8.  Is It a Gadget?  Gadgets can be a lot of fun, but many of them are just junk - let's face it!  The allure dies off quickly, and you are stuck with this thing you bought, loitering in a kitchen drawer, its batteries no longer taking a charge.  You don't want to throw it out, because you "paid good money for it" and "it still works, sort of".  Cut to the chase and just don't buy these things in the first place.

9.  Is It "On Sale?"  This is related to #7 above.  Sale prices are often meaningless, as most stores these days are perpetually having a sale.  Clothing is made incredibly cheaply overseas, and costs very little.  Stores mark it up to astounding prices and then offer "70% off!" as if you are making the killer deal of the century.  As I noted in my A Trip To The Mall posting, I got snookered by this, paying $16 for a pair of pajama bottoms, on the premise that they were "70% off!".  Of course, who in their right mind would pay $53 (the regular "list" price) for a pair of pajama bottoms that were sewn together in India for 69 cents and even with freight, cost the company maybe $3.  Heck for $53, I can buy a microwave oven - a nice one!

Comparing prices based on artificial mark-downs is foolishness.  The "retail" price is a made-up number, and their "markdown" is no indicia of any real savings.  To compare prices effectively, you have to compare quality and price to the goods from another merchant.  You cannot shop prices within the same store - it is a false savings.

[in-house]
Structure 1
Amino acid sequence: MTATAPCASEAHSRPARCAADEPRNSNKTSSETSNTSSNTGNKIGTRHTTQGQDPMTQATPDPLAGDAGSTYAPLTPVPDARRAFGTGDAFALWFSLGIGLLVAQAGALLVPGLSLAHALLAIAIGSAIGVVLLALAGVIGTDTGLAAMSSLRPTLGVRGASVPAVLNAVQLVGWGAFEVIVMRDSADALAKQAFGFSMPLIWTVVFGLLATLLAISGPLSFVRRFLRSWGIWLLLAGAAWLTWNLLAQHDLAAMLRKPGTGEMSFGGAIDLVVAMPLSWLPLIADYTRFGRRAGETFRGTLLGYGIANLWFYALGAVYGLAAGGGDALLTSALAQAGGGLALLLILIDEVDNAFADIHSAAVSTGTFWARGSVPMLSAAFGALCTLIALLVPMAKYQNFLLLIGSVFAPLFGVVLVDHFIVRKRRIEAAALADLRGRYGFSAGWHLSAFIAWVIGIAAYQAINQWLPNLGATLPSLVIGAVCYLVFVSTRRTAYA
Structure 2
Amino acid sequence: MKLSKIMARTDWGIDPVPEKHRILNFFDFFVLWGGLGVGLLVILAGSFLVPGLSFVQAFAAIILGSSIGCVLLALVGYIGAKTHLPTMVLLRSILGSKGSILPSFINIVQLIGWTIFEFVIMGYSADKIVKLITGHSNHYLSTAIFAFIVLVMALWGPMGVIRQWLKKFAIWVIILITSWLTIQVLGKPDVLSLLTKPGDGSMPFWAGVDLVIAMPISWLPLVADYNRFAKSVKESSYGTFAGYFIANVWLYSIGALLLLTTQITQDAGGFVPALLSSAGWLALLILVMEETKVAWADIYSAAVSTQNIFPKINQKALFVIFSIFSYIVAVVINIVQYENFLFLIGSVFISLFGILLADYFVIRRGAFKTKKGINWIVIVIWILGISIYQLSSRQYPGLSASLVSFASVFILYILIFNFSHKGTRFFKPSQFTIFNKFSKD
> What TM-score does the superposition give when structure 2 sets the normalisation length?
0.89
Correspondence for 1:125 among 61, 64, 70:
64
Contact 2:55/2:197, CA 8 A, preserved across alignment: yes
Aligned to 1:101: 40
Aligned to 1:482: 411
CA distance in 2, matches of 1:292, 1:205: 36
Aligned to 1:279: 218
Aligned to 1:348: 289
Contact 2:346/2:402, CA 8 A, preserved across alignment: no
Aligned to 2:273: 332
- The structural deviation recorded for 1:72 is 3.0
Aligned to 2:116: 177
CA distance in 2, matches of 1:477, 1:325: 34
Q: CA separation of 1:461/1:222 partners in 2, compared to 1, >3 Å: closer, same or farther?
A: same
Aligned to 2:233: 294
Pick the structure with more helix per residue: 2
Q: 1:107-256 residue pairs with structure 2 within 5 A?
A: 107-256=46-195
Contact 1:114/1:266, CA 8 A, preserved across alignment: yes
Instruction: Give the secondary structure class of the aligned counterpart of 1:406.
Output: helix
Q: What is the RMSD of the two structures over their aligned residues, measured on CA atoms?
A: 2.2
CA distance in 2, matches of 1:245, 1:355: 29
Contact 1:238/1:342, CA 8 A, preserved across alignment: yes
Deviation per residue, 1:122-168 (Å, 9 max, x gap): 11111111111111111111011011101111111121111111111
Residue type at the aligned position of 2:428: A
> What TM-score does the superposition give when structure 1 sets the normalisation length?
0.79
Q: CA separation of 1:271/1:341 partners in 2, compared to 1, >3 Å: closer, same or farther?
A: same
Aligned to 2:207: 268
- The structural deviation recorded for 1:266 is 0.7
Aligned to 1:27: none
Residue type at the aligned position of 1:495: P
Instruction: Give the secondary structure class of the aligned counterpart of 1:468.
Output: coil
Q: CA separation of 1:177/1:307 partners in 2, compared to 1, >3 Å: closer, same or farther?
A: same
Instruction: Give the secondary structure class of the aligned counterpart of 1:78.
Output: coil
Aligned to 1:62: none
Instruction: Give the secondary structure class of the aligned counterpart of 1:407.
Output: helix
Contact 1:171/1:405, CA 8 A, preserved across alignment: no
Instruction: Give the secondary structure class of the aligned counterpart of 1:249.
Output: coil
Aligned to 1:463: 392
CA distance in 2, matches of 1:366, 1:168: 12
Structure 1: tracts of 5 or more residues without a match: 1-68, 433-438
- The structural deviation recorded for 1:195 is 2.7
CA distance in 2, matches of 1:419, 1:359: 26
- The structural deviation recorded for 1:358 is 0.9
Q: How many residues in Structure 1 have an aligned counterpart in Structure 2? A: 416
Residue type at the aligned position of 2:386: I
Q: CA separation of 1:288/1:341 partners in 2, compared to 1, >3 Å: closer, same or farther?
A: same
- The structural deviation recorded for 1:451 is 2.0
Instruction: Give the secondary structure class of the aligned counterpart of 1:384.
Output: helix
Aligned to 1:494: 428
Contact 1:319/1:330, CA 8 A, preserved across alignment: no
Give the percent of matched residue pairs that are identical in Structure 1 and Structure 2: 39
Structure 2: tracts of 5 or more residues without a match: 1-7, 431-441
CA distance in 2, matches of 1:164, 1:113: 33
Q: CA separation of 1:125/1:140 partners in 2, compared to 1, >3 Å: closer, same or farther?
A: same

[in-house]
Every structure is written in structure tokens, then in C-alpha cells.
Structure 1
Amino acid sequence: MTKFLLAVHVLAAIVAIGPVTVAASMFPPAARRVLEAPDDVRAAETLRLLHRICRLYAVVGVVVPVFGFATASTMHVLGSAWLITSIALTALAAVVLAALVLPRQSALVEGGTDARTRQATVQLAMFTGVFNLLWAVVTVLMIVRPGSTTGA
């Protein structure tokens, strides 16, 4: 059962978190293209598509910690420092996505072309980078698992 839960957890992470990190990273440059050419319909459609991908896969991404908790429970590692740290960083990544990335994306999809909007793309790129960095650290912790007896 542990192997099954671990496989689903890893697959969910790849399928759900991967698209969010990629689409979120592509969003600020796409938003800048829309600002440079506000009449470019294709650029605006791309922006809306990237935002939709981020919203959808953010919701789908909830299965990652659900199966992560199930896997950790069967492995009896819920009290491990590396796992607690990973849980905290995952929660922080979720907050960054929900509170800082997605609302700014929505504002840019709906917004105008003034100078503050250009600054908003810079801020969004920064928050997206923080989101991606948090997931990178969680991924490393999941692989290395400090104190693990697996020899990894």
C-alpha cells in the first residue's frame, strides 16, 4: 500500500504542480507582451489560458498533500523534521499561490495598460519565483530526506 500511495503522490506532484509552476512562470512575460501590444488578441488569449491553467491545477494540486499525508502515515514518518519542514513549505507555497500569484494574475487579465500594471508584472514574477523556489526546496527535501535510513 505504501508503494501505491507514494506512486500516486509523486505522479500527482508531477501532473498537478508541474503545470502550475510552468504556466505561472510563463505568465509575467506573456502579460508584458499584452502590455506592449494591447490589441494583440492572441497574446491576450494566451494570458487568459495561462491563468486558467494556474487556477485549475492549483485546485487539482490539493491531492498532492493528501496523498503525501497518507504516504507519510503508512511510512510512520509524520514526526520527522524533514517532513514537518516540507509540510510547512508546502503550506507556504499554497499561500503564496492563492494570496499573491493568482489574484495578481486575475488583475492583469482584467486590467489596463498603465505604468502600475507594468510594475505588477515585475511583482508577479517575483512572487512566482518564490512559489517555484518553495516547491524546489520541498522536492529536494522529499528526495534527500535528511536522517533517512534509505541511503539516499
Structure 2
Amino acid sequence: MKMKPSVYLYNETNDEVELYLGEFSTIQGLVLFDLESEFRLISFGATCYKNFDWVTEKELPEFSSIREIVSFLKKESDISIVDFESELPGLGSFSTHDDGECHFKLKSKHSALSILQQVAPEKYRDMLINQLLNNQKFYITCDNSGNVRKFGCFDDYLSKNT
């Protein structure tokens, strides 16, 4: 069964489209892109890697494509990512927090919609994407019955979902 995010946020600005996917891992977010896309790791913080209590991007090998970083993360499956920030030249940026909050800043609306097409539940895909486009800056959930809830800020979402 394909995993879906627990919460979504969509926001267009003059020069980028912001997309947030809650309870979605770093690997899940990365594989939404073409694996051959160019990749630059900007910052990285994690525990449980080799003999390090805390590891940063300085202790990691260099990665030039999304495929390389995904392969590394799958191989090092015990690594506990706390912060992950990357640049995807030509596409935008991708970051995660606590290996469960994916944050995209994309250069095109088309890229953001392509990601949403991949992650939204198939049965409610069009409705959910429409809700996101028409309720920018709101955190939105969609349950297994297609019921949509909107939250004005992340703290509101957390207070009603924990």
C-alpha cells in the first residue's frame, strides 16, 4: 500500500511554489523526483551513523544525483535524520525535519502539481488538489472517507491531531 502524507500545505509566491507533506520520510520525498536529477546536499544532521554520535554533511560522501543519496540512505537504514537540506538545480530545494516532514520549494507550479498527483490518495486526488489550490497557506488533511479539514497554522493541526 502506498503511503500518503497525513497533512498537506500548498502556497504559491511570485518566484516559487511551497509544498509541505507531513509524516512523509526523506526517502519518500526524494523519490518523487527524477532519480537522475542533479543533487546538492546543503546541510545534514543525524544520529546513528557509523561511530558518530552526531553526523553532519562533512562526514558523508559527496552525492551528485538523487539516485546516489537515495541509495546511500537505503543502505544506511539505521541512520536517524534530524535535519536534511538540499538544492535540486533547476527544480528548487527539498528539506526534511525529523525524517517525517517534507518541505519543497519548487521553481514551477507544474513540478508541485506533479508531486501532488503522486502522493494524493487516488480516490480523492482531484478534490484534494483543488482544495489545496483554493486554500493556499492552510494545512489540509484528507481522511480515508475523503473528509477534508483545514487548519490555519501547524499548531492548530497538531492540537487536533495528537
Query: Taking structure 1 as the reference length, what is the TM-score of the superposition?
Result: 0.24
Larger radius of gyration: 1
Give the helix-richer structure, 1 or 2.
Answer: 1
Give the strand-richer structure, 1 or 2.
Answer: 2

10.  Do You Already Have One?  This may sound silly, but I have known people to buy things they already own, on the premise that "Well, I can't find it".  So they buy another one.  They can't find that gadget they bought last year, because their home is so clogged with junk that they can't find it.  So they spend $89.95 on a new one - and end up with two.  It this is happening to you, then step back and say "wait a minute" and start cleaning out the clutter in your life.  Buying multiple copies of an item because you can't keep track of your things is only going to make things worse in the long run, as you slowly drown in a sea of junk.

* * * * *

As Americans, we are very lucky people - to be able to live in a country which is wealthy in so many ways.  And yet today, many middle-class people claim they are "unhappy" with the economy and their lives.  And one reason for this is the mad rush to over-consume. Suburban mini-mansions are stuffed full, not with quality furnishings and treasures, but rather with small crappy purchases from big-box stores, all financed on credit cards.  People take on staggering credit card debts to pay for meals at chain restaurants or for gadgets and "sale items" at the mall.  They buy new luxury cars every three years and never, ever, are out of sight of the next payment.  They never actually own anything - they just owe everyone.

And the sad thing is, it is all so easily preventable.  And yet most of these people want to blame the "government" or the political parties for their woes.

Get off the consumerist bandwagon.  Buying things isn't living.